The Peterson Principle 1/16/12

It started as soon as the season ended in mid November. Glendale Coach Al Eberhart stepped down and was eventually replaced by long time area assistant John Tuttle.

Nobody knew it at the time but Eberhart was the first of a slew of resignations of high school football coaches in the area.

Then at the Southeast Division final we spoke to a coach in the Southeast who filled us in on four more resignations that were imminent in the Del Rio League. And sure enough all of them resigned in the next week.

We were aware of Santa Fe Coach Jack Mahlstede calling it a career but then Walter Scott at Whittier, Ramon Juarez at Pioneer and Rick Zepeda at El Rancho also turned in their headsets. That was five coaches down and the season hadn’t even been over for two weeks.

But that was small potatoes compared to what happened last week. It started Monday with Darryl Thomas stepping down after 15 years at Covina. From there they started to fall like dominoes. By the time the week had ended five more coaches had joined Thomas in resigning bringing the total to 11 so far this off season.  

Bob Burt at Wilson, Ben Negrete at Schurr, Steve Bogan at South Hills, Bonita’s Eric Podley, Matt Koffler at Rosemead and James Wilson at Mt. View had all announced that they weren’t returning as coach.    

We hear the rumors about coaches leaving after every season. For the last several years we had a running joke with Koffler that he was headed everywhere from USC to the Oakland Raiders. 

There are always coaching changes here and there in the off season but nothing as significant as what we have seen this year.

The reasons given are usually the same – the need to spend more time with family being the main reason – but with the number of coaches calling it this week you know that it’s more than that.

Long hours, little support from administration, budget constraints and small compensation make it more difficult for high school football coaches.

“Seeing these kids celebrate like they are tonight makes it all worth it,” said Monrovia assistant Mike Minter at the Wildcats’ championship celebration. “It’s all about the kids. But sometimes it’s hard. The long hours you put in, little support, it’s tough.”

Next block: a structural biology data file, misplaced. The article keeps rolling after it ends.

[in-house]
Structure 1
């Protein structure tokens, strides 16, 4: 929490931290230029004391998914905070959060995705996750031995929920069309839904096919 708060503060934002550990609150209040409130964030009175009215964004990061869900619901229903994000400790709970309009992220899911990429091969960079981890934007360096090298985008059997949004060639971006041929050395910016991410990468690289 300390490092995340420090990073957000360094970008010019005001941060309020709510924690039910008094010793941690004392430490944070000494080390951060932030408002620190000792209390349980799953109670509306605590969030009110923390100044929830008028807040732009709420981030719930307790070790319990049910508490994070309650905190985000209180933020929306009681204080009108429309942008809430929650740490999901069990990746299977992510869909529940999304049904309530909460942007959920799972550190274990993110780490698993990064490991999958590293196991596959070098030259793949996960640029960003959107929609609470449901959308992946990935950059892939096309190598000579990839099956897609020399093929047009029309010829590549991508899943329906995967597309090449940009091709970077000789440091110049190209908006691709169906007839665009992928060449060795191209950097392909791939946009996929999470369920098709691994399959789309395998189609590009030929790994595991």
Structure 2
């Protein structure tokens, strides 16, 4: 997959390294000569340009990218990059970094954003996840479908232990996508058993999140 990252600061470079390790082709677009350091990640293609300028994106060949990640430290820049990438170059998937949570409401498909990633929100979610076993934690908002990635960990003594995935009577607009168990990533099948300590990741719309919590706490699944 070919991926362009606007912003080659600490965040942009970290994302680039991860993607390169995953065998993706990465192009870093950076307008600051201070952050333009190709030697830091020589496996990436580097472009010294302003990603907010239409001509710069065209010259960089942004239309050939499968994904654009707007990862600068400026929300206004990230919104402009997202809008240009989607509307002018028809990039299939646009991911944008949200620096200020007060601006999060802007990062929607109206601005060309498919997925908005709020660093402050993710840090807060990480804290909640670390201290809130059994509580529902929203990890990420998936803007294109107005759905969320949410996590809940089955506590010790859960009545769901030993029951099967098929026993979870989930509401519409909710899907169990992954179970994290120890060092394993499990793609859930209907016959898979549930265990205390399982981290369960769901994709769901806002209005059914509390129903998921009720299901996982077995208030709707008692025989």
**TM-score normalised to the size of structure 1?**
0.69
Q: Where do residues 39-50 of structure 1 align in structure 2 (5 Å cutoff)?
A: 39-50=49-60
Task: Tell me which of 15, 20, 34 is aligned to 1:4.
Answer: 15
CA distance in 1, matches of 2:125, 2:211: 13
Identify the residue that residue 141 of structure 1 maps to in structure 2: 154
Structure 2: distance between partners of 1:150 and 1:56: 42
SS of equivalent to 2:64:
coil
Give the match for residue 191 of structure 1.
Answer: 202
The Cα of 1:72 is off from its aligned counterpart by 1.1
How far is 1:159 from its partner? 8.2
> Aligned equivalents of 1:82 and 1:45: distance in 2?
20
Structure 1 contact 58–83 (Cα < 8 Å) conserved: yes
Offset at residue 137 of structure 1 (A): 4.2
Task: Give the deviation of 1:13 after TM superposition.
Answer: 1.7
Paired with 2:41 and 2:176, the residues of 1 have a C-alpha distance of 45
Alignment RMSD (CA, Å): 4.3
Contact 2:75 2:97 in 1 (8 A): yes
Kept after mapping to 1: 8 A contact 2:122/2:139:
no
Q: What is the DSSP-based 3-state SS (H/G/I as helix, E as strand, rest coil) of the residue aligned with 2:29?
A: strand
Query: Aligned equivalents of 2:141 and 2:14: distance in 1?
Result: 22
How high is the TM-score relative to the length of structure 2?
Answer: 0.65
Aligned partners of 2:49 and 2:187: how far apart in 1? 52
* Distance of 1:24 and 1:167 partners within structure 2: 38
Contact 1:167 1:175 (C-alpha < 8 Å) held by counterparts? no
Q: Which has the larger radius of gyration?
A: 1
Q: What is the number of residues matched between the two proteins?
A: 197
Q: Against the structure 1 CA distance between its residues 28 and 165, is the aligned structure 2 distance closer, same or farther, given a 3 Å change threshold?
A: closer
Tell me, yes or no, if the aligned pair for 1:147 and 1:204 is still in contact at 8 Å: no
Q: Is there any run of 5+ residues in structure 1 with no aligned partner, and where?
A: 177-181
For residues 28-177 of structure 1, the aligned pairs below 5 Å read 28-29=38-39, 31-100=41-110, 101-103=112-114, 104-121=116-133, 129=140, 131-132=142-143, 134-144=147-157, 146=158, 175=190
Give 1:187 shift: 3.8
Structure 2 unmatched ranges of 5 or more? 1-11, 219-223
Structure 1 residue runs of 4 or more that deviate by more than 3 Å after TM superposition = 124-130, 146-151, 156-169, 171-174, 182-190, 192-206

We heard from two local coaches last summer who said there was no money in the budget to purchase new footballs and helmets. One said he had two footballs to work with for the entire season.

Arroyo Coach Jim Singiser sounded off this week after the high number of resignations. 

Just a portion of Singiser’s comments: “We see these kids 3-4 hours a day. We have more contact with them than nearly anyone else in their life. No one gets rich coaching…the kid at Hotdog on a Stick makes more than a head coach. Try and find someone else that puts the needs of 60 kids ahead of many of the needs of their own family.”

Diamond Ranch Coach Roddy Layton can relate to the time spent and the pressures of coaching as well.

“There are high demands year round, little pay, high expectations, and most on the coach. People forget the player who is 16 isn’t just focused on football. He has school, girls, other sports and trying to fit in with peers, etc. So not all of them want to be out year round but as a coach if you’re not out there year round you feel like you’re behind and your commitment as a coach is questioned,” Layton said.

“Some schools with budget to support several coaches won’t suffer as much but schools with one coach on campus will force that one coach to try to do it all and eventually tire out. I believe each coach still enjoys coaching and loves his players but has to sacrifice either football or continue to sacrifice family time,” he added.

The coaches and the football programs need support, financially and otherwise, – from the administration, the parents and the community. Not next year, not next month, but now. Before there are no more coaches or programs to support.

That’s my principle.

Tim can be reached at

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